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The current and official versions of the course specifications are available on the web at https://www.usq.edu.au/course/specification/current.
Please consult the web for updates that may occur during the year.

EDU8707 Wellbeing in Educational Contexts

Semester 1, 2021 Online
Short Description: Wellbeing in Educational
Units : 1
Faculty or Section : Faculty of Business, Education, Law and Arts
School or Department : School of Education
Student contribution band : Band 1
ASCED code : 070113 - Teacher Education: Special Edu
Grading basis : Graded

Staffing

Examiner: Susan Carter

Rationale

National and state policy reports have indicated that many Australian students, teachers and leaders are experiencing difficulty maintaining their well-being. The statistics relating to the incidence of mental health problems affecting our educational communities are well established and reported. According to the Economic Development (OECD) countries, 72 per cent of countries now explicitly include student wellbeing as a learning priority. The recent 2017 Australian Principal Occupational Health, Safety and Wellbeing survey of more than 5000 school leaders depicted that approximately 50% of leaders had received threats, known to impact their wellbeing. Recent studies into teacher and principal wellbeing depict teaching as a profession of high occupational stress where the job can adversely impact wellbeing (Carter 2016; Vesely, Saklofske& Nordstokke, 2014). Now more than ever, schools need to play a role in building the wellbeing of all of the members of their school community. Evidence suggests that social and emotional health and learning are interdependent. By embedding a focus on wellbeing for all members of the school community we can encourage a greater participation in the workforce, more social inclusion and more effective building of Australia's social capital.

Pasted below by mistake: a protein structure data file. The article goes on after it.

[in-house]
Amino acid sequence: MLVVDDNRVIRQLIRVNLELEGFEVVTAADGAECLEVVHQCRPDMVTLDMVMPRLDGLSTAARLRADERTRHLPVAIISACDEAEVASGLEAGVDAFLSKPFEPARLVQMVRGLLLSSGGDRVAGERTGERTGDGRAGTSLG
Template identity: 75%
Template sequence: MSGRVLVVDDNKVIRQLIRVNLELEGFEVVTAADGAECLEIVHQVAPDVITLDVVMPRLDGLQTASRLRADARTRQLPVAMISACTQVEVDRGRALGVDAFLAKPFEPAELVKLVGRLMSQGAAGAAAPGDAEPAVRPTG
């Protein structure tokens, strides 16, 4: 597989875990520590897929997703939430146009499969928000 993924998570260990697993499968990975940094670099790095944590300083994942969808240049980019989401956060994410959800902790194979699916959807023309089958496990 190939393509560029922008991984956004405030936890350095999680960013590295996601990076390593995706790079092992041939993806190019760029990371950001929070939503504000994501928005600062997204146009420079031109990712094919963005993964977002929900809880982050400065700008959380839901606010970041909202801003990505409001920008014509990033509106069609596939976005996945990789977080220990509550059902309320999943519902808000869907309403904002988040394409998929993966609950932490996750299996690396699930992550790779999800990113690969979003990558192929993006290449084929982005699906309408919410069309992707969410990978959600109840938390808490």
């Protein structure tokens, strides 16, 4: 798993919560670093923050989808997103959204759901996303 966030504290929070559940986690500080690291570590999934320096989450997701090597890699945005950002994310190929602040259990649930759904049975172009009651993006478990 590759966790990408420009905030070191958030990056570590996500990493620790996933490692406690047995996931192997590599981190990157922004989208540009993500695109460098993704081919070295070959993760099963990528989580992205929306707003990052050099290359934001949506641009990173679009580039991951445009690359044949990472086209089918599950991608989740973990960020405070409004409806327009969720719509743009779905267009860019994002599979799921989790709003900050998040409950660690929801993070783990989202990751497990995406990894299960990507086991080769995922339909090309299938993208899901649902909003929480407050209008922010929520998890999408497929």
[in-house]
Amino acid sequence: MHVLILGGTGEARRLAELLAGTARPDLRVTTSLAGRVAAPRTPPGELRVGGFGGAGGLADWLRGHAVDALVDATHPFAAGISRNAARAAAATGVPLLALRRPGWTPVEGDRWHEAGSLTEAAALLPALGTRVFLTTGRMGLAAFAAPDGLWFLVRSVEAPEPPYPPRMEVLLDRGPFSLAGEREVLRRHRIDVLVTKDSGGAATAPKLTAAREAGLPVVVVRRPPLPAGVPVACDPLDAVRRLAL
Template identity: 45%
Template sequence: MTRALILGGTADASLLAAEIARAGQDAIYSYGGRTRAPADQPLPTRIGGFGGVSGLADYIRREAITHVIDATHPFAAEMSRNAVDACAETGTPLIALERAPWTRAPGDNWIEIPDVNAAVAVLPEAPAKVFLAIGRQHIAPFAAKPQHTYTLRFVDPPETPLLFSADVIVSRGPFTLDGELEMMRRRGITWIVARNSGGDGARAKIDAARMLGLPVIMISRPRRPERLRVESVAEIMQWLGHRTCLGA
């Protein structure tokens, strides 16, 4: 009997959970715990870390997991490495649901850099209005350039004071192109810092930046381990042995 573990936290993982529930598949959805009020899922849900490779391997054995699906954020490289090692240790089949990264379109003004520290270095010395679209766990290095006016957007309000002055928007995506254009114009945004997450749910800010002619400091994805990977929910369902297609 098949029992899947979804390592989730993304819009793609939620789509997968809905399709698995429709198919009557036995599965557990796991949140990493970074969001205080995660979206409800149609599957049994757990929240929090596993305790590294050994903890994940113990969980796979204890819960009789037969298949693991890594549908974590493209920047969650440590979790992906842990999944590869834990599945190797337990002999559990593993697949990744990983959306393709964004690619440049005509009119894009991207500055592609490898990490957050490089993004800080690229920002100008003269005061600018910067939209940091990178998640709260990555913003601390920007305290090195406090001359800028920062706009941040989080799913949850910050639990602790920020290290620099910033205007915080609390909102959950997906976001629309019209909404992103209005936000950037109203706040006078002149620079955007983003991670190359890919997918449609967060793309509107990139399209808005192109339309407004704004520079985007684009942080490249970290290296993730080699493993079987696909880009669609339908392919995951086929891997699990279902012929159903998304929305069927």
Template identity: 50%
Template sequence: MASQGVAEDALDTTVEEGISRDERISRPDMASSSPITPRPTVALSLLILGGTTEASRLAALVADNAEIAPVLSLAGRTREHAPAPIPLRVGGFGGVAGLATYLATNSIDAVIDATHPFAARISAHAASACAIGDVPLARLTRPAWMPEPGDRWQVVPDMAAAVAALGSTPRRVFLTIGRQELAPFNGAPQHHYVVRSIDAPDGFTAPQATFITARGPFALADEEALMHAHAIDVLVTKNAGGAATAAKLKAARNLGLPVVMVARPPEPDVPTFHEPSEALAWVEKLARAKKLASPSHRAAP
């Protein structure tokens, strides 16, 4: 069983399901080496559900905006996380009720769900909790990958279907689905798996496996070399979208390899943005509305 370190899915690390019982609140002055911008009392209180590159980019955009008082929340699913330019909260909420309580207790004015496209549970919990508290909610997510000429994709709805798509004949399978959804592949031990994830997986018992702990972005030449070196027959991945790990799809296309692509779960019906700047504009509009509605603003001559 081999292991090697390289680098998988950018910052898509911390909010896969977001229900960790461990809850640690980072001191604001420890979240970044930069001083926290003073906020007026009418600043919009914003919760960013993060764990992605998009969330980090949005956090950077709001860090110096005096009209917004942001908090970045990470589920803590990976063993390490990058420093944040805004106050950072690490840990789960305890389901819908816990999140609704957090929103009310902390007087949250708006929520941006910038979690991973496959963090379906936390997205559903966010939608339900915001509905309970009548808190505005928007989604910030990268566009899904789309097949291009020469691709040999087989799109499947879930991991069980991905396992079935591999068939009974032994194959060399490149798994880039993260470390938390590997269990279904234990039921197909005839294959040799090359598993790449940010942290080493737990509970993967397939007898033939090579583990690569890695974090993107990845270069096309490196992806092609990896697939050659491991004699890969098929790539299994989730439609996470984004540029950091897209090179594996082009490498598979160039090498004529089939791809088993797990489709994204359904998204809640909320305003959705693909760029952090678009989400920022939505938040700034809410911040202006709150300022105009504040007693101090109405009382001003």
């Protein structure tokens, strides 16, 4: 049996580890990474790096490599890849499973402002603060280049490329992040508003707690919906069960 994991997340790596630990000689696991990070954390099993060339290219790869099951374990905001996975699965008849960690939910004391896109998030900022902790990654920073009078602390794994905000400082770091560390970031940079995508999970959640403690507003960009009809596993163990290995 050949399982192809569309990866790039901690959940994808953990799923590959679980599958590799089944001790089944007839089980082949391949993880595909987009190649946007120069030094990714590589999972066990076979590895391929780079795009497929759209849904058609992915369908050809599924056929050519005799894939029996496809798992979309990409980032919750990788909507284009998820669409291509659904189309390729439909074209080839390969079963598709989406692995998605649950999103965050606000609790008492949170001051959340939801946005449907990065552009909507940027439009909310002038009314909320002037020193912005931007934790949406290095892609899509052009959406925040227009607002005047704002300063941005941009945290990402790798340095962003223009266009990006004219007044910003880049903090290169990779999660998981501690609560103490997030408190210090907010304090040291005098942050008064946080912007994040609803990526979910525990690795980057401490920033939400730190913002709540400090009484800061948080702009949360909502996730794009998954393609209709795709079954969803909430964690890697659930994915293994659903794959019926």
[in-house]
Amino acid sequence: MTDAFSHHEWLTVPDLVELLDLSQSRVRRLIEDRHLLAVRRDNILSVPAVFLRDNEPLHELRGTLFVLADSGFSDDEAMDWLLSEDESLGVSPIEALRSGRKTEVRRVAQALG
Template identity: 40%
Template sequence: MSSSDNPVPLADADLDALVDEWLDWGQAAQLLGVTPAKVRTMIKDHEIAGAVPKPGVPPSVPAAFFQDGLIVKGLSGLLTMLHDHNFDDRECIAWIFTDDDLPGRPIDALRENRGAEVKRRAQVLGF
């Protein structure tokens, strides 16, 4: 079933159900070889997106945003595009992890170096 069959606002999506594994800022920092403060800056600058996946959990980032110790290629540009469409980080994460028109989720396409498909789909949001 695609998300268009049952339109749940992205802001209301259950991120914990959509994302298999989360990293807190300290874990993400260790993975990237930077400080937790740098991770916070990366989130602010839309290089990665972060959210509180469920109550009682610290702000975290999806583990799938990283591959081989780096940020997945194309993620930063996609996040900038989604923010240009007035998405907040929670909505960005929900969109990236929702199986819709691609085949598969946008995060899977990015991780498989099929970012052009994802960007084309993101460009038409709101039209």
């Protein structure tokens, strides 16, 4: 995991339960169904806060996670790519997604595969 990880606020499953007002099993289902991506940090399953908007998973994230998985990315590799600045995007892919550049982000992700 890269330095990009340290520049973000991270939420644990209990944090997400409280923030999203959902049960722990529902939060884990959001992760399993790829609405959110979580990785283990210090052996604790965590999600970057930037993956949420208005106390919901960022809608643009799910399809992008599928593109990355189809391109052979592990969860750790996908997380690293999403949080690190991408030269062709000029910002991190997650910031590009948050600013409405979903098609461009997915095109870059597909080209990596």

Synopsis

EDU8707 aims to assist educators working in educational contexts to develop an in depth, working understanding of the complex ecology of human wellbeing and the key approaches to developing, implementing and embedding positive approaches to wellbeing in education settings. The course applies an ecological, contextual, systems-oriented approach to analyse contemporary theoretical positions to account for the increasing prevalence of impactors to wellbeing and explores enablers for wellbeing. Students investigate education wide wellbeing models in order to identify and generate universal, targeted and intense support processes and options that can be directly applied to current professional practice.

Objectives

On successful completion of this course students should be able to: